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Wednesday, March 29, 2017
Cardinal O'Brien celebrates Mass for beatification of Newman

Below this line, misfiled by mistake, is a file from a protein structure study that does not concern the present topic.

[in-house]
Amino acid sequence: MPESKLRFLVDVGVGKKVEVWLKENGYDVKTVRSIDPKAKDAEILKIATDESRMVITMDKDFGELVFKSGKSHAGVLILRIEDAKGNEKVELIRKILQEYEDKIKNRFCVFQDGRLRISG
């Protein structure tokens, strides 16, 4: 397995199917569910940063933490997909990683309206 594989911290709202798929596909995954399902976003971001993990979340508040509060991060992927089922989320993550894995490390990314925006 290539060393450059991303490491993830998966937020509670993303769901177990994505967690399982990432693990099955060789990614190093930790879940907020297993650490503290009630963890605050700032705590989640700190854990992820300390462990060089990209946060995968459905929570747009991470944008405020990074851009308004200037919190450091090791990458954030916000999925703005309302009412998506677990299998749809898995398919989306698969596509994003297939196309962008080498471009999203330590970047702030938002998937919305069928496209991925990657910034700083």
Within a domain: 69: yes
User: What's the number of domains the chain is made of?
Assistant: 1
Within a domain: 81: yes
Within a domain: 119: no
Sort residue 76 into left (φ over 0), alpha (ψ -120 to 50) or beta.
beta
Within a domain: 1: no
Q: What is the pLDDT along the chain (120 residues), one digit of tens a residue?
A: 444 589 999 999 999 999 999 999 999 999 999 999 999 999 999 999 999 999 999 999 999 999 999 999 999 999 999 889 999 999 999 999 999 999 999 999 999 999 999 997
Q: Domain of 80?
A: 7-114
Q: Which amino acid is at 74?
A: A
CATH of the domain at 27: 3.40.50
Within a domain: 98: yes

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¬†Cardinal Keith Patrick O'Brien, Archbishop of St Andrews and Edinburgh, celebrated what he described as "an historic" Votive Mass of the Holy Spirit for the beatification of the Venerable John Henry Cardinal Newman, in the little chapel at Abbotsford, the former home of Sir Walter Scott, in the Scottish Borders, today. Newman himself celebrated Mass in the chapel when he went to Abbotsford during the winter of 1852, and later in 1872, when he stayed with his friend James Robert Hope-Scott, who built the beautiful oratory which is attached to the house. The Cardinal and Fr Paul Chavasse, Provost of the Birmingham Oratory and Postulator of the Newman Cause, wore the chasubles used by Cardinal Newman. The other two concelebrants were Fr Gregory Winterton, Vice Chairman of the Friends of Cardinal Newman, and Fr Jared Kaminski, a Polish priest, who is working for a few months in the Borders parish of Jedburgh. Deacon Duncan MacFarlane of Kelso, who has done so much to promote interest in Cardinal Newman throughout the Borders parishes, assisted at the Mass. This correspondent did the reading and his wife, Stella Jennings, read the psalm. During his eloquent and thought-provoking homily Cardinal Keith O'Brien said: "Here in this beautiful Borders countryside we see the rolling hills and the lush green fields surrounding us and the neighbourhood stretching into the distance. If any place is conducive to prayer and meditation, planning and rest, it is surely here. If any place is suitable for the confirmation of one's vocation in ministry, in priesthood, as a Cardinal - one could hardly find anywhere better. "Cast your minds back some 750 years - to approximately the year 1265. That is the year when it is believed that Blessed John Duns Scotus was born. He was born not so very far from here in the beautiful Borders town of Duns - hence his full name John Duns Scotus. As a young man he grew up in this Borders countryside conducive, as I have indicated, to prayer and meditation. He must have considered the wonders of God's creation, the power of God, and that call of God to him to enter the Franciscan Order and then to go forward for priesthood." Then turning to Cardinal Newman, Cardinal O'Brien said: "Newman was born south of the Border with England but visited Abbotsford House, the home of Sir Walter Scott, situated here by the River Tweed at Melrose within sight of the magnificent ruined Borders Abbey of Melrose. Here he met with and talked to his friend James Hope Scott and was influential among various Borders families and in their conversions to the Catholic Church. The fact that so many beautiful churches in these Borders towns were built is an indication of that influence of Cardinal Newman. "One could rightly say that like Scotus before him he must have been influenced by the beauty of the Borders countryside itself. Here I am sure was a place where he could indeed recharge his spiritual batteries. In this area he could grow closer to God while preparing for his more active ministry as a priest, as an intellectual, as a spiritual guide to his beloved brethren in the Oratory at Edgbaston in Birmingham." Cardinal Keith O'Brien concluded his reflections: "Two great men who were travellers for Christ. And if Scotus is called a 'Saint for Europe' so surely it would be our ardent desire and prayer that Newman be declared a 'Saint for Britain'. Thinking of the epitaph on the tomb of Scotus, the epitaph for Newman might be: 'England brought me forth; Ireland stretched me intellectually; Scotland gave me a place of rest'. "Holiness of Life based firmly in our faith and on academic learning were at the roots of the declared sanctity of John Duns Scotus and John Henry Newman. May that sanctity lead them both to being declared as Saints and worthy of us following in their example here on earth so that one day we may be united with them in the joys of Heaven." During lunch at the nearby Clint Lodge Country House, Cardinal O'Brien revealed that even though he had been a student and later Spiritual Director, at the former St Andrew's College, Dry grange, Roxburghshire, this was the first time that he had celebrated Mass in the chapel at Abbotsford. That evening, Fr Chavasse gave a lecture - "The Influence of John Henry Newman In His Times and Ours" - chaired by Cardinal O'Brien, at the Gillis Centre, in Edinburgh. Fr Chavasse explained that Newman's friendship with James Robert Hope-Scott, a Fellow of Merton College, Oxford, began in August 1837. Ten years, in 1847, James Hope-Scott, married Charlotte Lockhart, the grand-daughter of Sir Walter Scott and through her inherited Abbotsford. He became a Catholic in 1851. A parliamentary lawyer for the railway companies, he stood by Newman during the stress of the Achilli trial in 1852 and gave him hospitality at Abbotsford. During the lecture Fr Chavasse emphasised that: "All the recent Popes, from Pius XII onwards, have understood the significance of John Henry Newman, have praised his writings and the example of his life, have held him up as a model of integrity and fidelity, as a master of spirituality." Fr Chavasse said: "It is for this reason that John Paul II and now Benedict XVI have taken an active interest in promoting his Cause for Canonisation, so that through the proclamation of John Henry Newman as an 'official' Saint of the Church of Christ his legacy might be seen to be part of the patrimony of all Catholics ≠ and indeed of many non-Catholics as well." The following morning, Fr Chavasse was the principal concelebrant at a special Votive Mass of Our Lady at the church of the Immaculate Conception in Jedburgh. At the start of Mass, he and Fr Winterton were warmly welcomed by the parish priest, Fr Jeremy Bath. After Mass Fr Gregory Winterton, former Provost of the Birmingham Oratory (1971-1992), who did so much to encourage popular interest in Cardinal Newman and his Cause following a request by Pope Paul VI in 1973, a gave a fascinating talk: "Newman in the Borders". Interest in the great English Cardinal, John Henry Newman (1801-1890), is now firmly established in the Edinburgh and the Borders parishes of Scotland.